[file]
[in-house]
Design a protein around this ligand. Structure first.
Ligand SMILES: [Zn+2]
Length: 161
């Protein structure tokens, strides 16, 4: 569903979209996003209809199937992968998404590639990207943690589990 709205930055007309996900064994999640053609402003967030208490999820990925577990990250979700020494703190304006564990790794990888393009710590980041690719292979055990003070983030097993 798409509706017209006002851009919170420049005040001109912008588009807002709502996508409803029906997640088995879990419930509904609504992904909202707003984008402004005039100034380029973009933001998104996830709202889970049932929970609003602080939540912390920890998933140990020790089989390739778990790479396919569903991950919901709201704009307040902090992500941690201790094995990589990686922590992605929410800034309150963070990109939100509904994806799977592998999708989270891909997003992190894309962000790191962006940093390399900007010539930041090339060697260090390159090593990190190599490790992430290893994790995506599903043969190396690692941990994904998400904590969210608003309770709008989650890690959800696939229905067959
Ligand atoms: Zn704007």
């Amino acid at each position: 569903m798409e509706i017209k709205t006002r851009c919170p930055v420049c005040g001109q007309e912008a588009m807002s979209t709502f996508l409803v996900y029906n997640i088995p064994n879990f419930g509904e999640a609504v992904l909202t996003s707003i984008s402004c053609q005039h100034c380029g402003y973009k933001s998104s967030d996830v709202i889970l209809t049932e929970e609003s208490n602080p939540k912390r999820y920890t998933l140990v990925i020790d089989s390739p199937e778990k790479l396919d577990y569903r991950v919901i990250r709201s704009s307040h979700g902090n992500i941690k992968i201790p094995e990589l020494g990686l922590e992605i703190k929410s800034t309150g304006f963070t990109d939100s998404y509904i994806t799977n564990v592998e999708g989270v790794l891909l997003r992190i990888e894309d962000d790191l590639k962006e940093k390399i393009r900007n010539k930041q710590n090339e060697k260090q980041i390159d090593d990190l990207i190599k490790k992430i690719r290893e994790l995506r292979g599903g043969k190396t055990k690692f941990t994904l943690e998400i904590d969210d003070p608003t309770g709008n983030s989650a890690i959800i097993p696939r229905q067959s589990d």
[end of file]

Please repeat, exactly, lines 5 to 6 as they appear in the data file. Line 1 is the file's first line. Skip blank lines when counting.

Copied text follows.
């Protein structure tokens, strides 16, 4: 569903979209996003209809199937992968998404590639990207943690589990 709205930055007309996900064994999640053609402003967030208490999820990925577990990250979700020494703190304006564990790794990888393009710590980041690719292979055990003070983030097993 798409509706017209006002851009919170420049005040001109912008588009807002709502996508409803029906997640088995879990419930509904609504992904909202707003984008402004005039100034380029973009933001998104996830709202889970049932929970609003602080939540912390920890998933140990020790089989390739778990790479396919569903991950919901709201704009307040902090992500941690201790094995990589990686922590992605929410800034309150963070990109939100509904994806799977592998999708989270891909997003992190894309962000790191962006940093390399900007010539930041090339060697260090390159090593990190190599490790992430290893994790995506599903043969190396690692941990994904998400904590969210608003309770709008989650890690959800696939229905067959
Ligand atoms: Zn704007």